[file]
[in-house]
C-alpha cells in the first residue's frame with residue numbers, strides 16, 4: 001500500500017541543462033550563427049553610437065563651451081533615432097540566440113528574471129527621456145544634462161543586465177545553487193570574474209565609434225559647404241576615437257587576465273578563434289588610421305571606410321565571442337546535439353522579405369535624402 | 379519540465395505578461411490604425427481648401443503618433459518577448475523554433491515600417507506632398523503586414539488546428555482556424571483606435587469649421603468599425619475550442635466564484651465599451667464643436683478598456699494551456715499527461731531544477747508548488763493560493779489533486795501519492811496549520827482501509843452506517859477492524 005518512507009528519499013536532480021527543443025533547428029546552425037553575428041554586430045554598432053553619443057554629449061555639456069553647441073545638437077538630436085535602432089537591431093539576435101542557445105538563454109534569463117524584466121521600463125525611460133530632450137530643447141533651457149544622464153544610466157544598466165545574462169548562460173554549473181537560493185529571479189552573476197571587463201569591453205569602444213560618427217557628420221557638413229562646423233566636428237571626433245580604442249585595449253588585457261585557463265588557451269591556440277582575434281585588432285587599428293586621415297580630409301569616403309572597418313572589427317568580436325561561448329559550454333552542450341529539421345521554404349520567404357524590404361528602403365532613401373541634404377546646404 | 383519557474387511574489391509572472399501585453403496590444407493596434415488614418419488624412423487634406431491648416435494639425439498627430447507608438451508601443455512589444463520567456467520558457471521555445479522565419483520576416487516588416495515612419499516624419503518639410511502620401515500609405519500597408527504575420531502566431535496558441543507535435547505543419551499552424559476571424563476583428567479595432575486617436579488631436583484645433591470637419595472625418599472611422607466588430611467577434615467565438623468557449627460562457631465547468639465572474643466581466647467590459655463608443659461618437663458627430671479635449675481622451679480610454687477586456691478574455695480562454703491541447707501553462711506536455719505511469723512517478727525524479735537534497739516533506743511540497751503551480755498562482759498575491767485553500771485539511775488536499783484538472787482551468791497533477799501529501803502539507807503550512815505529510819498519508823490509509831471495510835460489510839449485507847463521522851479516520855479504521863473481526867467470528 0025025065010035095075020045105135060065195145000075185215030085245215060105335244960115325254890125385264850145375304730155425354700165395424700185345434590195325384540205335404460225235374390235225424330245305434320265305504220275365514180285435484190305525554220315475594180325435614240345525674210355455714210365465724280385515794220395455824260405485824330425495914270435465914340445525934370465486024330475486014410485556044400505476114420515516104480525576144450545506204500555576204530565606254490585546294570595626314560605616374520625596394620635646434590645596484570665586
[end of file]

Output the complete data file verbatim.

[in-house]
C-alpha cells in the first residue's frame with residue numbers, strides 16, 4: 001500500500017541543462033550563427049553610437065563651451081533615432097540566440113528574471129527621456145544634462161543586465177545553487193570574474209565609434225559647404241576615437257587576465273578563434289588610421305571606410321565571442337546535439353522579405369535624402 | 379519540465395505578461411490604425427481648401443503618433459518577448475523554433491515600417507506632398523503586414539488546428555482556424571483606435587469649421603468599425619475550442635466564484651465599451667464643436683478598456699494551456715499527461731531544477747508548488763493560493779489533486795501519492811496549520827482501509843452506517859477492524 005518512507009528519499013536532480021527543443025533547428029546552425037553575428041554586430045554598432053553619443057554629449061555639456069553647441073545638437077538630436085535602432089537591431093539576435101542557445105538563454109534569463117524584466121521600463125525611460133530632450137530643447141533651457149544622464153544610466157544598466165545574462169548562460173554549473181537560493185529571479189552573476197571587463201569591453205569602444213560618427217557628420221557638413229562646423233566636428237571626433245580604442249585595449253588585457261585557463265588557451269591556440277582575434281585588432285587599428293586621415297580630409301569616403309572597418313572589427317568580436325561561448329559550454333552542450341529539421345521554404349520567404357524590404361528602403365532613401373541634404377546646404 | 383519557474387511574489391509572472399501585453403496590444407493596434415488614418419488624412423487634406431491648416435494639425439498627430447507608438451508601443455512589444463520567456467520558457471521555445479522565419483520576416487516588416495515612419499516624419503518639410511502620401515500609405519500597408527504575420531502566431535496558441543507535435547505543419551499552424559476571424563476583428567479595432575486617436579488631436583484645433591470637419595472625418599472611422607466588430611467577434615467565438623468557449627460562457631465547468639465572474643466581466647467590459655463608443659461618437663458627430671479635449675481622451679480610454687477586456691478574455695480562454703491541447707501553462711506536455719505511469723512517478727525524479735537534497739516533506743511540497751503551480755498562482759498575491767485553500771485539511775488536499783484538472787482551468791497533477799501529501803502539507807503550512815505529510819498519508823490509509831471495510835460489510839449485507847463521522851479516520855479504521863473481526867467470528 0025025065010035095075020045105135060065195145000075185215030085245215060105335244960115325254890125385264850145375304730155425354700165395424700185345434590195325384540205335404460225235374390235225424330245305434320265305504220275365514180285435484190305525554220315475594180325435614240345525674210355455714210365465724280385515794220395455824260405485824330425495914270435465914340445525934370465486024330475486014410485556044400505476114420515516104480525576144450545506204500555576204530565606254490585546294570595626314560605616374520625596394620635646434590645596484570665586